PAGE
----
In a cupboard in my kitchen, a small, white plastic basket holds 15 containers of sunblock. These bottles are part of my arsenal against the sun. With a minimum SPF of 50—one is even 100—I slather the different creams on my family at the beach, on vacation, during sports games, nearly every time we’re out in the sun.
To some, 15 bottles may be excessive, but I grew up in 1980s New Jersey, the land of big hair and baby oil, where I remember lying out in the sun on summer days without any protection. Instead, I had wishful thinking—the delusional thought that my Irish, Northern European fair skin would tan like the Italian girls I sat next to math class. It never did. I burned instead, a bright, painful red that kept me awake late into the night, as my skin throbbed and stayed hot. Then, I would peel, shedding my outer layer as my body rejected my attempts to transform myself.
My father had similar stories from his teenage years. He grew up in the 1950s, a star athlete and only son, with hazel eyes and charm that dazzled the girls. He spent his free time during the summer at the beach, flirting and swimming. He often spoke about the time he fainted in church, struck down by sun poisoning after a day at the New Jersey shore. It was that time before sunblock and even an awareness of the hazards of the sun upon our skin. Without any protection, he received a sunburn that blistered and made him sick, causing him to collapse in the middle of a mass, his mother right beside him.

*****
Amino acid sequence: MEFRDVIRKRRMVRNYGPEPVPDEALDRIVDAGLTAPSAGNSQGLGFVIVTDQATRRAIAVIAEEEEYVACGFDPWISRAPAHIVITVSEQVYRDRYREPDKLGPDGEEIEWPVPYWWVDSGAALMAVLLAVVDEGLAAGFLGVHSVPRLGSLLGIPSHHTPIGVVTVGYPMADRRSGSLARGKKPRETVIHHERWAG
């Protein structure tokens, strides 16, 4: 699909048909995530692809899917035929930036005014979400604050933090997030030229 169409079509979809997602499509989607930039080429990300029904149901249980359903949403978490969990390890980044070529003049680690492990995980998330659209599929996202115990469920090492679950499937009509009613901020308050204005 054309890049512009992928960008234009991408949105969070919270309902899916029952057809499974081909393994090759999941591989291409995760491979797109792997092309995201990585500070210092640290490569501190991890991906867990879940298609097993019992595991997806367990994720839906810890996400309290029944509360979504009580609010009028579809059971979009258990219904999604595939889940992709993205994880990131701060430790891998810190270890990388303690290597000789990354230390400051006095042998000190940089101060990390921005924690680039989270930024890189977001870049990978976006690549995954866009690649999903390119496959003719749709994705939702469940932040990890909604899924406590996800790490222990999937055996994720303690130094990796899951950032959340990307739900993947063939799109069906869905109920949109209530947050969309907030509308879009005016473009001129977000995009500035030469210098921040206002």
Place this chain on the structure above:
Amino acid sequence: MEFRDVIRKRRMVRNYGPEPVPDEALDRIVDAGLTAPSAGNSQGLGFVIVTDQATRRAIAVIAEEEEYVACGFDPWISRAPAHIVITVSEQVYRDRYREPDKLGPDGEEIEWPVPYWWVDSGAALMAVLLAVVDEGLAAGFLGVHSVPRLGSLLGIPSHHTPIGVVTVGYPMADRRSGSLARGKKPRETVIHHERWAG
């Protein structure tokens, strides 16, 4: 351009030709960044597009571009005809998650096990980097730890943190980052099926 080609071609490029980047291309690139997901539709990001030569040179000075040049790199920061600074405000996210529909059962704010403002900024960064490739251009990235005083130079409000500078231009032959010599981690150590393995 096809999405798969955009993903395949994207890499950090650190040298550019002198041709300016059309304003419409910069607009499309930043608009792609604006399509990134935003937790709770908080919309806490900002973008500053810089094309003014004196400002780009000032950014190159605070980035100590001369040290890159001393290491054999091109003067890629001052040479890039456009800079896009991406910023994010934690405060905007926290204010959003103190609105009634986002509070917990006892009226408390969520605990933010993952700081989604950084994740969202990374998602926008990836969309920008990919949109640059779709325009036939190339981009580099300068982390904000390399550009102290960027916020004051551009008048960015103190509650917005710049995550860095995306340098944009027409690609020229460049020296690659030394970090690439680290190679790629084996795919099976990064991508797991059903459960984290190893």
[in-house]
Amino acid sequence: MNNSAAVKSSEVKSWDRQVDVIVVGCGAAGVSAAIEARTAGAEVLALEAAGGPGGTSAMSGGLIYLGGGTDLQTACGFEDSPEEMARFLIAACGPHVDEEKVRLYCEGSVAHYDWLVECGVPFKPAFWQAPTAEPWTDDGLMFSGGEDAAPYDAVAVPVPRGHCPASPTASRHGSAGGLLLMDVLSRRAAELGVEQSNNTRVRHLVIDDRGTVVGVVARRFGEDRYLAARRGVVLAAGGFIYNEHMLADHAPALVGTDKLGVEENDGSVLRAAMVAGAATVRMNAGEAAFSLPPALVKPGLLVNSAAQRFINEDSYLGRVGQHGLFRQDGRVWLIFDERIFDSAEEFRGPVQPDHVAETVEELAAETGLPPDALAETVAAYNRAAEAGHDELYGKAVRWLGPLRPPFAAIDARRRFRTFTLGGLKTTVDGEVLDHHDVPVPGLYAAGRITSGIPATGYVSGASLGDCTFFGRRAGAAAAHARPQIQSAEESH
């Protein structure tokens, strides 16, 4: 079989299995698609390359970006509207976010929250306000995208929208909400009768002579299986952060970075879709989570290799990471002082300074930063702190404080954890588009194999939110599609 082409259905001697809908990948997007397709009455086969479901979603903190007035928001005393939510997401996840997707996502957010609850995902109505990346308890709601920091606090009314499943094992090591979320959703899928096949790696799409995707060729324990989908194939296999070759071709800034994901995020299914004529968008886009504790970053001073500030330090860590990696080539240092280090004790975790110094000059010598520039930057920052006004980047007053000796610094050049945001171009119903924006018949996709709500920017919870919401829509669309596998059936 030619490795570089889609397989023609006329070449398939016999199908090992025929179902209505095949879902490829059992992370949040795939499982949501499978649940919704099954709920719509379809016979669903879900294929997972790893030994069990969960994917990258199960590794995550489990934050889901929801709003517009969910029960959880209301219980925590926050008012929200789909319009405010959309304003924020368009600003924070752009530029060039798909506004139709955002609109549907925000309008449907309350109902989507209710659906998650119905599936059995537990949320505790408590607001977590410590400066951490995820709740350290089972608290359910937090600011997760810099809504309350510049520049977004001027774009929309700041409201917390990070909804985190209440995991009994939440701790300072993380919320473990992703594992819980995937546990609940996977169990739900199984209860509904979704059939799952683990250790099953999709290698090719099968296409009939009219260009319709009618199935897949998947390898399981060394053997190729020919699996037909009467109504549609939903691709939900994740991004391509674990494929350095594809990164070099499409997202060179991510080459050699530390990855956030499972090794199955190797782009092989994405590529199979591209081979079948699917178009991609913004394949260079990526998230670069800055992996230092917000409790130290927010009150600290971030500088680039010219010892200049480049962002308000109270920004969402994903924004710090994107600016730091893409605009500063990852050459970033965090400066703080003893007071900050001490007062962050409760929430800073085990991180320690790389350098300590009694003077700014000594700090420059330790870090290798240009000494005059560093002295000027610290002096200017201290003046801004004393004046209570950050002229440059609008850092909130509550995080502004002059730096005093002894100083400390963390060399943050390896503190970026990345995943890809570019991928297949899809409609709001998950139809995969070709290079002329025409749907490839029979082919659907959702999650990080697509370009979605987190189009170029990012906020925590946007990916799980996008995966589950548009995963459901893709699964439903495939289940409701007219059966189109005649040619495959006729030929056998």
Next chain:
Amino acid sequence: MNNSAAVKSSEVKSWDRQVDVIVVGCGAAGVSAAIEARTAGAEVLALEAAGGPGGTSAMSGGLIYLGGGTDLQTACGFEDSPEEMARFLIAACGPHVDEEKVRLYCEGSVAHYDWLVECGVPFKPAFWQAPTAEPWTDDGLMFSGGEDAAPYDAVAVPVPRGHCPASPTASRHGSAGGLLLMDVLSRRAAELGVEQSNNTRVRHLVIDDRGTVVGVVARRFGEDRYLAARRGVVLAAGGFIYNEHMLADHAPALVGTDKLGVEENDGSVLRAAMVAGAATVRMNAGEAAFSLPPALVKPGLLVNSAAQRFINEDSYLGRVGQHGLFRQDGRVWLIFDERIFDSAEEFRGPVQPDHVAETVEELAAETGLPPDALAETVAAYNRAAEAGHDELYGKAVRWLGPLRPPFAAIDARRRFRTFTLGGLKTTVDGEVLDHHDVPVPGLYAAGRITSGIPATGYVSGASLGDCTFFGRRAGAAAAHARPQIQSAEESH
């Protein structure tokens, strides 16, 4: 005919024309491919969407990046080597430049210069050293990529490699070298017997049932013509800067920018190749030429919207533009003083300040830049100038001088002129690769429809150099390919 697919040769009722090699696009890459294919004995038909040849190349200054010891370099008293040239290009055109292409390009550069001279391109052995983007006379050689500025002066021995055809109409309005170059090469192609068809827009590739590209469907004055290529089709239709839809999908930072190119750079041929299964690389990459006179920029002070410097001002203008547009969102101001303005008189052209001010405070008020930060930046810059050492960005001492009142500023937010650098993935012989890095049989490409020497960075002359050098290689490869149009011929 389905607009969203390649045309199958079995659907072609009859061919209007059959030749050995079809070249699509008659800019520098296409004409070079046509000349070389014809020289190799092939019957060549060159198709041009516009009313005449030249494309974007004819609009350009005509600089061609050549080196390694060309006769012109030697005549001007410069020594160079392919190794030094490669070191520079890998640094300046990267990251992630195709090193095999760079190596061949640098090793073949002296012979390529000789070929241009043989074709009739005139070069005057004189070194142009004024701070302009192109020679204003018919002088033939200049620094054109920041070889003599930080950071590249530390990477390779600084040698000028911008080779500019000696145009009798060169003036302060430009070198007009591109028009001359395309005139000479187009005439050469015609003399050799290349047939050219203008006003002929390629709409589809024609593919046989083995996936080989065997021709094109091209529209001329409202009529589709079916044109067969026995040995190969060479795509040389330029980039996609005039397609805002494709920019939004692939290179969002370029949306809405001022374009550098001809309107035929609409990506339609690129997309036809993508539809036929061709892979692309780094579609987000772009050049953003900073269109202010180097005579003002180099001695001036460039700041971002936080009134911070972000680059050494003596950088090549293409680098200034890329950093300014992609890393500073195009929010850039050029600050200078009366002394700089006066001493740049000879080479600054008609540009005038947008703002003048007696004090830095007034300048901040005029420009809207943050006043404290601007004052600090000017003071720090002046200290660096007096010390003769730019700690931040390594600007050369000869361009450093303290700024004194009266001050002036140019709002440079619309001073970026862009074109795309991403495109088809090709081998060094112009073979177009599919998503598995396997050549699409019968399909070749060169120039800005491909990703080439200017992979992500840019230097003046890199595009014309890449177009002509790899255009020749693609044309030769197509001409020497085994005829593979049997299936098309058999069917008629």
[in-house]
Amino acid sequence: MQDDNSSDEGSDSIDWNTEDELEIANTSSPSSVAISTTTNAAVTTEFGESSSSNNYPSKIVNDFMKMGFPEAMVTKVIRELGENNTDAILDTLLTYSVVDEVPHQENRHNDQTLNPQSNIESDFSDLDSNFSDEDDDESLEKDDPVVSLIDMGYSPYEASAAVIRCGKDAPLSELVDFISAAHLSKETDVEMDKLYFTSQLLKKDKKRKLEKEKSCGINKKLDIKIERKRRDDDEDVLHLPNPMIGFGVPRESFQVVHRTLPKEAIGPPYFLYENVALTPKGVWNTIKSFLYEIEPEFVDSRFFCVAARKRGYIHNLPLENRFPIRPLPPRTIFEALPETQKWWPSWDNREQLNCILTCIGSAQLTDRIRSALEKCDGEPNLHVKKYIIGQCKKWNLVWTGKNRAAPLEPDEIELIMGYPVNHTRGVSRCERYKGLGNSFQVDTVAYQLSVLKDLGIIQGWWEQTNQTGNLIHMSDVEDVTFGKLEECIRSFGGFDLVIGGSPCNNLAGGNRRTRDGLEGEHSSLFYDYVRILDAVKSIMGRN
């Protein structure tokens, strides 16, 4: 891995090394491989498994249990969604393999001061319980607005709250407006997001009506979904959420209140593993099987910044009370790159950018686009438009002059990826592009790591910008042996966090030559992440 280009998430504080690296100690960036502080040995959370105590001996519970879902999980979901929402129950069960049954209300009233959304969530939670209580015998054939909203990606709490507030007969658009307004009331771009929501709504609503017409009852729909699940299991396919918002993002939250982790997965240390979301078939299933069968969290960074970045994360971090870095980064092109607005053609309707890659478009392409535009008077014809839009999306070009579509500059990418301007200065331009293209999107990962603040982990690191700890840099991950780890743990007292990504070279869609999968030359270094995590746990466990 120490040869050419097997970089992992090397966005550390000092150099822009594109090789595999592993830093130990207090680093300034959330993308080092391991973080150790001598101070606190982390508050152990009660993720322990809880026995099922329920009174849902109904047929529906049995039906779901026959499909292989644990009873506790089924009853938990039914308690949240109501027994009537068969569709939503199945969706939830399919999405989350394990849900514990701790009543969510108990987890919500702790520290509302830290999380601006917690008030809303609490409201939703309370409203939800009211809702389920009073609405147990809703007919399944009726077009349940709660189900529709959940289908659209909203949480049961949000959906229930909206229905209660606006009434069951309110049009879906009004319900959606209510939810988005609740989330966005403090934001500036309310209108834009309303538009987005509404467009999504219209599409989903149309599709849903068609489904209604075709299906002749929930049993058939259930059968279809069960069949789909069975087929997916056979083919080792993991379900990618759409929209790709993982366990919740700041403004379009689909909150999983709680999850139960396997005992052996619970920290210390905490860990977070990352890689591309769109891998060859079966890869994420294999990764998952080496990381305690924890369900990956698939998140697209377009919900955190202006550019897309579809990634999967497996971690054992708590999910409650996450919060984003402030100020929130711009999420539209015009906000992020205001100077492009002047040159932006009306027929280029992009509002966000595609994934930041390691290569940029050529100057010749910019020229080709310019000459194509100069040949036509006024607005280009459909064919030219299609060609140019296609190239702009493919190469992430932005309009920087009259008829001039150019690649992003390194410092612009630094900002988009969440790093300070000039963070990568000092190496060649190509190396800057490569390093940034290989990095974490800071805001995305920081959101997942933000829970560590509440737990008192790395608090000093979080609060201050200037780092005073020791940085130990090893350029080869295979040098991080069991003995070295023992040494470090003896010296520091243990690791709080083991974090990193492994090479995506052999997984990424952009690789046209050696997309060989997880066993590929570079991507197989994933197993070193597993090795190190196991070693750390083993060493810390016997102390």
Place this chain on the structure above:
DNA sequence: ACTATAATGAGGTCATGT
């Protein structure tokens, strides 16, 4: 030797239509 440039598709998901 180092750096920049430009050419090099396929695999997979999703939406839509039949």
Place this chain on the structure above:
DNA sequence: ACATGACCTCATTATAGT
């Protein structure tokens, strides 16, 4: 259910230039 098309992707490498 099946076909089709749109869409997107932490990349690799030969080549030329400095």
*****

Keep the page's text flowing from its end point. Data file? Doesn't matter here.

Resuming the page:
He told me this story in between surgery, chemotherapy, and immunotherapy treatments for a late-stage melanoma that would kill him at only 61. As the cancer spread from a small spot on his back to his lungs and eventually throughout his body, he also recounted afternoons, during my childhood, cutting the lawn in our backyard, sitting on his yellow ride-on mower, without a shirt or sunblock.
This time wasn’t any more evolved than my father’s teenage years in terms of sun care. That baby oil I remember sat on the grocery shelf next to sunscreen with a SPF of 4, maybe 8. The priority was on tanning. Commercials and advertisements celebrated products like Bain de Soleil, which would help you achieve that deep, “St. Tropez tan,” as the jingle went. A tan was healthy, we were told, and we scrambled to comply with these ideals. If scientific data about the dangers of sun exposure were receiving media coverage, we didn’t pay attention. We teased our hair and worked on our tans; my father cut the lawn in the hot, humid sun, listening to the Yankees on his beat-up, black transition radio, a sunburn slowly spreading across his back.
Melanoma, the deadliest form of skin cancer, snuck up on my family. We didn’t know anything about it until my father’s diagnosis. Even realizing he had cancer was a fluke: my parents, unable to agree on what to watch on television one night, flipped channel by channel, unexpectedly landing on a special about skin cancer. When pictures of melanoma were shown on the screen, my mother became afraid. They looked like something on my father’s back.